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Quake-proof smart cities common in Japan

Quake-proof smart cities common in Japan
Tables that become stoves, toilets that are hidden from view and solar panels that provide electricity during emergencies are some of the features of smart cities in Japan, a country always on the alert against natural disasters.

Residents of Fujisawa, 51 km south of Tokyo, are witnessing how what was once technology company Panasonic’s industrial complex is slowly turning into a residential zone with prototype houses fitted with solar cells and electric vehicles roaming the streets. Between the rows of houses, built to the last detail in compliance with local rules, canvases cover what will soon be new residences. After all, only 25 percent of the total urban project has been completed, and it currently houses just 128 of the 3,000 planned tenants.

The entire region is designed to save energy, make maximum use of sunlight and allow the soothing breeze from the nearby Shonan dunes to flow through. It also offers a privileged view of the iconic Mt. Fuji (when the weather allows).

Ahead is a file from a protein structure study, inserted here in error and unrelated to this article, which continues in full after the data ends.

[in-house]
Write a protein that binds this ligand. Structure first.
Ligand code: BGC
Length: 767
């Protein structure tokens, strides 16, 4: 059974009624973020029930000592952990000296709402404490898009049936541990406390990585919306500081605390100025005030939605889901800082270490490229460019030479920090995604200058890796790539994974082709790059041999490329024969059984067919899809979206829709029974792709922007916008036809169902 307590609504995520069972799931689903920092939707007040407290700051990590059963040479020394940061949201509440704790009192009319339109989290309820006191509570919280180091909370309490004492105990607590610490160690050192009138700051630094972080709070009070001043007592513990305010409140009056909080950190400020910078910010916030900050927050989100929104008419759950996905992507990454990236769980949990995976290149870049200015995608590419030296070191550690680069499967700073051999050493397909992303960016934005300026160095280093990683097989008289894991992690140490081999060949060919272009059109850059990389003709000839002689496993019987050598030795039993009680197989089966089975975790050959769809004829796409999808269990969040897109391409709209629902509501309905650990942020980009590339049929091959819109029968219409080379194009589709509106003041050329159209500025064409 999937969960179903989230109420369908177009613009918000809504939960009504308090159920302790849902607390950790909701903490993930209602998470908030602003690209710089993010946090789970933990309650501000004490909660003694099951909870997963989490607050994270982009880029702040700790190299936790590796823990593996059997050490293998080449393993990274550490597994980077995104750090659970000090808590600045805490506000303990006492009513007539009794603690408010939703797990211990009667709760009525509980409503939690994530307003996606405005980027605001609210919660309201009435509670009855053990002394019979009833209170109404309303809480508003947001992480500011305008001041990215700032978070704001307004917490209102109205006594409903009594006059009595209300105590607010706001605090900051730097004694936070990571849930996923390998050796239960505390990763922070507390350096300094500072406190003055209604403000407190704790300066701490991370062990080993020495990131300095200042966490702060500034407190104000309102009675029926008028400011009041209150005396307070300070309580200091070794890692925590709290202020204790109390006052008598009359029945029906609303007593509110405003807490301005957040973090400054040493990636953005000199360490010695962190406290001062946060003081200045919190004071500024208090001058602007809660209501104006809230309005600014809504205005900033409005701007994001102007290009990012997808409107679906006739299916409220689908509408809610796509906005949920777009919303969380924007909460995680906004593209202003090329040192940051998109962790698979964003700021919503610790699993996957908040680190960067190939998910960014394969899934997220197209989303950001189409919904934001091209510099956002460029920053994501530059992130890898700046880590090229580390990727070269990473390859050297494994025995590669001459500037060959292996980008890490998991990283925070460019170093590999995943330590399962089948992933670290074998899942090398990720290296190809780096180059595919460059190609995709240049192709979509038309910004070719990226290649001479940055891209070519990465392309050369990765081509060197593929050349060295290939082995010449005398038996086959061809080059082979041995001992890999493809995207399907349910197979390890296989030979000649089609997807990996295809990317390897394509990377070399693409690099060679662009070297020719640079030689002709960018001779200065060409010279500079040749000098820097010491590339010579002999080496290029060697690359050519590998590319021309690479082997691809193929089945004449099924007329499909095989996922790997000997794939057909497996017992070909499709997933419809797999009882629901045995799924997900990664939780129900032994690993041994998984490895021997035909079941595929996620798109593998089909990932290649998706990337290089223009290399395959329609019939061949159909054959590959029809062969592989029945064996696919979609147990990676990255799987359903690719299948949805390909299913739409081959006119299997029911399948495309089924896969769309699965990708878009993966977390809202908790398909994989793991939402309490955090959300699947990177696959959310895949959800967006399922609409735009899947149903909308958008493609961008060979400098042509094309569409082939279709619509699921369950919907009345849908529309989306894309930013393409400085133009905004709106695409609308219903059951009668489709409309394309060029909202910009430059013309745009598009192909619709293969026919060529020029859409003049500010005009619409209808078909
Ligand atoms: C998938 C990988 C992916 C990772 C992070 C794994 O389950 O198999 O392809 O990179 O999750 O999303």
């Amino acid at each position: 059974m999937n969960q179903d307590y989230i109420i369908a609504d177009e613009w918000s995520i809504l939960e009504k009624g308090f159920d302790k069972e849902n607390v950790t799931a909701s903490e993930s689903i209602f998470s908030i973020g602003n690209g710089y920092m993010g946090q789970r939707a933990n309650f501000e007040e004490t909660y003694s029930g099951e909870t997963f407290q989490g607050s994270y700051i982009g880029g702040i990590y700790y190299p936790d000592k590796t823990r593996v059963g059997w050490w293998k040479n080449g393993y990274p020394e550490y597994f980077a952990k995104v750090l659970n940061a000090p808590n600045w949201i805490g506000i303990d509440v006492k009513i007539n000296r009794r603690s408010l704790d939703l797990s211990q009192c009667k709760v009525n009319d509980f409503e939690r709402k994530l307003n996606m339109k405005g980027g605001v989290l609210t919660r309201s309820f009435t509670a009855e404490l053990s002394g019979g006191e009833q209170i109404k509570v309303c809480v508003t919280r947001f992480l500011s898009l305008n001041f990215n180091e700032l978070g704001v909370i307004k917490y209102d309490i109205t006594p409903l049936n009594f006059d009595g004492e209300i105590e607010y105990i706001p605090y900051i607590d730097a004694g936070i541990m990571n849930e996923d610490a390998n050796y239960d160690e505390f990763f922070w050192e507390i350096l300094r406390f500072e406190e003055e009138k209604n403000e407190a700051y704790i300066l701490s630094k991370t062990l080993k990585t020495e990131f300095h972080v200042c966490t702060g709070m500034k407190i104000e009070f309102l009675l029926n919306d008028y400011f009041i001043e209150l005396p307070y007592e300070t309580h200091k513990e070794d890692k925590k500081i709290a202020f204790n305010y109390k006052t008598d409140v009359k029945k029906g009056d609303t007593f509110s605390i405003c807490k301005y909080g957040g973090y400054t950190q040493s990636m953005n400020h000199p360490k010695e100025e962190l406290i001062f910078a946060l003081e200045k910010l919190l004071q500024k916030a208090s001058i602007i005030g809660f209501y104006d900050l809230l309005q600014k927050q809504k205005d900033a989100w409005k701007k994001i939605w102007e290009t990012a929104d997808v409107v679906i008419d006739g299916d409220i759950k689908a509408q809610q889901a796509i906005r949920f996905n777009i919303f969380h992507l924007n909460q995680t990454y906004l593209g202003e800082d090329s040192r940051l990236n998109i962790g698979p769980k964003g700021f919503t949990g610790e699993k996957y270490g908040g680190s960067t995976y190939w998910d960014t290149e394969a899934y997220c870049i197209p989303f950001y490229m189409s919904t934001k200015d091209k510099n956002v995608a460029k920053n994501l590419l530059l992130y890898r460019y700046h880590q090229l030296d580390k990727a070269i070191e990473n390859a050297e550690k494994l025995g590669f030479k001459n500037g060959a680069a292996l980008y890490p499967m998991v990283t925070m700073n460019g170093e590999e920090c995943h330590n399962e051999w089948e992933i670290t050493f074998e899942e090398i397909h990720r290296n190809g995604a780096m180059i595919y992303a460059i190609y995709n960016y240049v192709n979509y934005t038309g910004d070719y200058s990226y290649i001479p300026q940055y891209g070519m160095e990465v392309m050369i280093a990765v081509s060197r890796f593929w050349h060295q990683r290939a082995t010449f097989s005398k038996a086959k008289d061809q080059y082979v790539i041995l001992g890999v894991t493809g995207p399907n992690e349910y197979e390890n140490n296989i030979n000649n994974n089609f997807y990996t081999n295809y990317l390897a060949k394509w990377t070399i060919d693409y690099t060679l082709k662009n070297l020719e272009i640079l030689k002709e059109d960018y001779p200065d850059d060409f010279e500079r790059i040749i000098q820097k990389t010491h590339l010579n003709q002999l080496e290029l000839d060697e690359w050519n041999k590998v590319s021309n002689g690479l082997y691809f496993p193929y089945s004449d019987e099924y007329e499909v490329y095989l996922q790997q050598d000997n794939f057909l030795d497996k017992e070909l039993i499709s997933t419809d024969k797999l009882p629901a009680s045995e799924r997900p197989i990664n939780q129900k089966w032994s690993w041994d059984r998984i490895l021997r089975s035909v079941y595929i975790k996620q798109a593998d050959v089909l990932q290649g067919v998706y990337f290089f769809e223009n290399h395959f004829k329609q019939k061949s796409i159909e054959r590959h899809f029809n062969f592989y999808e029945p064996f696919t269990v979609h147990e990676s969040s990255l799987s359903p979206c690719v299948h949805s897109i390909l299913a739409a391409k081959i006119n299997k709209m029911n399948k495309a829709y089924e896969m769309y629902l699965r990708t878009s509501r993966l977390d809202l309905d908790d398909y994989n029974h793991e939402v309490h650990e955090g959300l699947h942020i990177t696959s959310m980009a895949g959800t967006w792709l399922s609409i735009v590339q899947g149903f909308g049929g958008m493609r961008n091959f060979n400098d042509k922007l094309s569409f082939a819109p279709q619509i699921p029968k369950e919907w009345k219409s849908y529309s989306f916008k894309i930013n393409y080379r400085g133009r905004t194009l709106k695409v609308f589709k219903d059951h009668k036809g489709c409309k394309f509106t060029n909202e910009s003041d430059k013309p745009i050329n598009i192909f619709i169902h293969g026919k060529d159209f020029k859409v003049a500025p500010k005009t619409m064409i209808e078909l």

In 1961, Panasonic, based in Osaka, set up its first factory in Fujisawa.

In 2007, when it was considering some other purpose for the place, the corporation decided to think about contributing to society.

In this way, the Fujisawa Sustainable Smart Town (SST) was conceived, incorporating the emerging concept of “smart city” while also taking into account certain conditions in Japan: the entire archipelago is located on the so-called Ring of Fire, one of the most active seismic zones in the world.
The houses are built using earthquake-resistant materials and are totally equipped to consume less energy, making them between 10 and 20 percent more expensive than conventional houses, according to Hiroyuki Morita, chief of Panasonic’s Business Solutions division.

Prices range from 50 million yen ($422,000) for a basic house to 110 million yen for a much bigger one.

Its energy-saving potential is guaranteed by solar panels on the roof and complementary cells that generate electricity for lighting and heating water.  

Agencies

Agencies

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